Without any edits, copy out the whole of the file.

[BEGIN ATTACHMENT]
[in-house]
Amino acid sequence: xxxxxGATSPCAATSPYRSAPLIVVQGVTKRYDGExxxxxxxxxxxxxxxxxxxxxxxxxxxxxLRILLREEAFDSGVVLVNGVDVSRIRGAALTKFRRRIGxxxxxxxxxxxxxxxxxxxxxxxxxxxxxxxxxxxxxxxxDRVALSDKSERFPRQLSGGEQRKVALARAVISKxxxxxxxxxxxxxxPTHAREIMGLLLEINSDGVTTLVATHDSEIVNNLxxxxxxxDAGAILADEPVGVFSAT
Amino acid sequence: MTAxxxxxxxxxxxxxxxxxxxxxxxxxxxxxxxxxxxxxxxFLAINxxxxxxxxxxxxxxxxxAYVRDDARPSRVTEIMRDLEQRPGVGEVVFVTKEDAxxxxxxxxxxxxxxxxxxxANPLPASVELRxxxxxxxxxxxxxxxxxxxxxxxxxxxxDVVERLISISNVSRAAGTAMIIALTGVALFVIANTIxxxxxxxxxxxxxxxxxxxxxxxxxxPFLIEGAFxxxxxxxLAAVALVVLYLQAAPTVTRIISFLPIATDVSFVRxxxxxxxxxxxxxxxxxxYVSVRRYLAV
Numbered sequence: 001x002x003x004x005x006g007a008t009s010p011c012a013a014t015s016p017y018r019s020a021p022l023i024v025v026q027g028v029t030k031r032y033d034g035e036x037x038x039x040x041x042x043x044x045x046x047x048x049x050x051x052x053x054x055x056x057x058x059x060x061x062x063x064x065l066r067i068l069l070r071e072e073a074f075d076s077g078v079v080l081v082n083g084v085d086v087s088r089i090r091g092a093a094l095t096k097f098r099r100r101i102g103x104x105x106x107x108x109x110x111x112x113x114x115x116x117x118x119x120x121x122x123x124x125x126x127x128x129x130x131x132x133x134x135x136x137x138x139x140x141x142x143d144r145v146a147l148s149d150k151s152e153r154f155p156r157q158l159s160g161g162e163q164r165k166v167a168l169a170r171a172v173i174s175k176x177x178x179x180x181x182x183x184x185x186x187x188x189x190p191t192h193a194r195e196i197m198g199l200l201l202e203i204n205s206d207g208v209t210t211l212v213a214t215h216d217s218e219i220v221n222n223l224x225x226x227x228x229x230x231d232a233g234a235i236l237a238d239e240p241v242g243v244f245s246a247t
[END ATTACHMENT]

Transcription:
[in-house]
Amino acid sequence: xxxxxGATSPCAATSPYRSAPLIVVQGVTKRYDGExxxxxxxxxxxxxxxxxxxxxxxxxxxxxLRILLREEAFDSGVVLVNGVDVSRIRGAALTKFRRRIGxxxxxxxxxxxxxxxxxxxxxxxxxxxxxxxxxxxxxxxxDRVALSDKSERFPRQLSGGEQRKVALARAVISKxxxxxxxxxxxxxxPTHAREIMGLLLEINSDGVTTLVATHDSEIVNNLxxxxxxxDAGAILADEPVGVFSAT
Amino acid sequence: MTAxxxxxxxxxxxxxxxxxxxxxxxxxxxxxxxxxxxxxxxFLAINxxxxxxxxxxxxxxxxxAYVRDDARPSRVTEIMRDLEQRPGVGEVVFVTKEDAxxxxxxxxxxxxxxxxxxxANPLPASVELRxxxxxxxxxxxxxxxxxxxxxxxxxxxxDVVERLISISNVSRAAGTAMIIALTGVALFVIANTIxxxxxxxxxxxxxxxxxxxxxxxxxxPFLIEGAFxxxxxxxLAAVALVVLYLQAAPTVTRIISFLPIATDVSFVRxxxxxxxxxxxxxxxxxxYVSVRRYLAV
Numbered sequence: 001x002x003x004x005x006g007a008t009s010p011c012a013a014t015s016p017y018r019s020a021p022l023i024v025v026q027g028v029t030k031r032y033d034g035e036x037x038x039x040x041x042x043x044x045x046x047x048x049x050x051x052x053x054x055x056x057x058x059x060x061x062x063x064x065l066r067i068l069l070r071e072e073a074f075d076s077g078v079v080l081v082n083g084v085d086v087s088r089i090r091g092a093a094l095t096k097f098r099r100r101i102g103x104x105x106x107x108x109x110x111x112x113x114x115x116x117x118x119x120x121x122x123x124x125x126x127x128x129x130x131x132x133x134x135x136x137x138x139x140x141x142x143d144r145v146a147l148s149d150k151s152e153r154f155p156r157q158l159s160g161g162e163q164r165k166v167a168l169a170r171a172v173i174s175k176x177x178x179x180x181x182x183x184x185x186x187x188x189x190p191t192h193a194r195e196i197m198g199l200l201l202e203i204n205s206d207g208v209t210t211l212v213a214t215h216d217s218e219i220v221n222n223l224x225x226x227x228x229x230x231d232a233g234a235i236l237a238d239e240p241v242g243v244f245s246a247t